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The Criminal Twin of Sherlock Holmes

After the great detective's supposed death, Arthur Conan Doyle's brother-in-law created a Victorian antihero in Gentleman Thief A.J. Raffles.

criminal twin sherlock holmes
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  • Photo Credit: Wikimedia Commons

The year was 1898, and Sherlock Holmes was dead. Last appearing in Arthur Conan Doyle’s story The Final Problem, as far as anyone knew, Holmes was at the bottom of Reichenbach Falls.

Readers around the world were in mourning–and in need of a new character to claim his throne. In June of that year, a story, “The Ides of March,” appeared in Cassell’s Magazine.

Written by E.W. Hornung, the world was introduced to A.J. Raffles, a gentleman with all the apparent class of Holmes, but with a secret. Although he lived in London’s prestigious Albany apartments and played cricket for the Gentleman of England, he made his living off committing burglaries.

Related: 10 Books for Sherlock Holmes Fans 

The author of the stories was Doyle’s brother-in-law, and he admitted to being inspired by Detective Holmes, describing Raffles as an “inversion” of the iconic character. In his first collection of Raffles short stories, The Amateur Cracksman, Hornung dedicated it “To A.C.D., This Form of Flattery.”

criminal twin sherlock holmes
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  • Photo Credit: University of Adelaide

Known by fans as the “Gentleman Thief” or “Amateur Cracksman,” Raffles was joined by his Watson-like sidekick and narrator, Bunny Manders.

An old friend of Raffles, the two reunited after Manders nearly committed suicide in the face of insurmountable debt. Raffles convinced the naive Manders to join him in his criminal ways, saving his life. Together they traversed high society and committed high-end robberies, always immaculately dressed.

Related: David Stuart Davies: My Life with Sherlock 

Despite his dubious profession, Raffles was not without a moral compass. Although he targeted the wealthy, he refused to steal from true friends or anyone who offered him kindness.

Raffles justified his crimes by observing the inequality in Victorian society. He knew that if he wasn’t a famous cricketer, many who claimed to be his friends would never allow him into their circles. He saw the distribution of wealth as unfair to those outside the upper class and thought of his crimes as an act of justice.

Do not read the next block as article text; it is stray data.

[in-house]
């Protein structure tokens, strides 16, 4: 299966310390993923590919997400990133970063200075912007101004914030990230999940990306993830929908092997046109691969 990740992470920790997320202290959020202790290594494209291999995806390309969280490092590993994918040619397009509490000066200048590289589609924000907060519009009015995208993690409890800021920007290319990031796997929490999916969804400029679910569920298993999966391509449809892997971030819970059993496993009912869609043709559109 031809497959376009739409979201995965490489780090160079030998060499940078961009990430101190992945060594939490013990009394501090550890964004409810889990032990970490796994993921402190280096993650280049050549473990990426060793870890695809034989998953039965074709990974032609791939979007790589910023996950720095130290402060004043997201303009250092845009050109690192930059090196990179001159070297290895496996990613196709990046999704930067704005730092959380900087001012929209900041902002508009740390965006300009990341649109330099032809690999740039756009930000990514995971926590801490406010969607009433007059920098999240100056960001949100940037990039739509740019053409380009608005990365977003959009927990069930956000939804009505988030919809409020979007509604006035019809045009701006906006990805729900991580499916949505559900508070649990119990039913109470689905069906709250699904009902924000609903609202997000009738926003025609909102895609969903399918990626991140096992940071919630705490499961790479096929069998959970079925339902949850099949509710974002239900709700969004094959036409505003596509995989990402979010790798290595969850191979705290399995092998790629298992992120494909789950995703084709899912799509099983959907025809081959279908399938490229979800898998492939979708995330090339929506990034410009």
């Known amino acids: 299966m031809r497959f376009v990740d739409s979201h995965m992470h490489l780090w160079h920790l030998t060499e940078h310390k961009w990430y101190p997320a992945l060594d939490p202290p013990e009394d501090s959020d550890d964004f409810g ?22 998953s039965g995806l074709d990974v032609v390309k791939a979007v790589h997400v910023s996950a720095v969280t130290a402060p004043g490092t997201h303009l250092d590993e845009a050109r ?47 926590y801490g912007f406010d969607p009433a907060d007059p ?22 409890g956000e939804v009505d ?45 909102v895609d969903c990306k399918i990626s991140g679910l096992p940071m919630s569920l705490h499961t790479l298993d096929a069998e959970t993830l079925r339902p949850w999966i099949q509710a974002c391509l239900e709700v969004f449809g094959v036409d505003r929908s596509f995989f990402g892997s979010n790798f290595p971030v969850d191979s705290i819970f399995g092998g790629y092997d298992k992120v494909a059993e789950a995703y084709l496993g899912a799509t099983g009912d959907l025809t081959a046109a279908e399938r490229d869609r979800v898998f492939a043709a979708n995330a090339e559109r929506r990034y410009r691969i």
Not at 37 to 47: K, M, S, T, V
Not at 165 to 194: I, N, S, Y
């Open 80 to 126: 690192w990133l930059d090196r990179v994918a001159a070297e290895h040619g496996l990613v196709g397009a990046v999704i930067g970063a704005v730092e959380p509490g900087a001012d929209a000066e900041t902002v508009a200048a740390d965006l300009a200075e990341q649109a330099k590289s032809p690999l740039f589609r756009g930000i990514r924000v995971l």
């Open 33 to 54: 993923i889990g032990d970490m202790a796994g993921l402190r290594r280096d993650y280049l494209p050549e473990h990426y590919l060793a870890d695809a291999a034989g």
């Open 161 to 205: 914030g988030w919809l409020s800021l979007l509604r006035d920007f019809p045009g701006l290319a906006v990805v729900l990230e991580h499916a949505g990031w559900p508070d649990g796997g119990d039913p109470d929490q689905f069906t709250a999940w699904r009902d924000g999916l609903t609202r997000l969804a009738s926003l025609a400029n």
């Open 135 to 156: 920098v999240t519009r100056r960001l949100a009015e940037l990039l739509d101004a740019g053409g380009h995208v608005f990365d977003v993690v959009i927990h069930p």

The Raffles stories gained rapid popularity, although Hornung only wrote 26 stories from 1898 to 1905. Much like Doyle, Hornung was interested in writing other fiction, and intended a short run for Raffles. As an intended final installment, he wrote “The Gift of the Emperor,” in which Raffles and Manders were caught while attempting a robbery on an ocean voyage. Rather than facing punishment, Raffles jumped off the ship, apparently committing suicide.

Related: Sherlock Holmes's 10 Most Iconic Portrayals  

Three years later, due to popular demand, Hornung resurrected Raffles, where he rejoined Manders –recently released from prison following his capture–and the two continued to commit robberies, while keeping Raffles’s identity a secret. Unlike the previous stories, Raffles and Manders were more straightforward criminals and arguably did not retain the same charm as they did in earlier adventures.

Although Raffles never found the same level of stardom as Sherlock Holmes, his legacy endures. His character has been portrayed in film, television, and theatre, and continues to live on in fiction. Most recently, Richard Foreman wrote six Raffle stories  released in 2011 and 2012, teaming up the Gentleman Thief with Sherlock Holmes.

criminal twin sherlock holmes
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  • Still from "Raffles"Photo Credit: Critter Country

Featured photo: Wikimedia Commons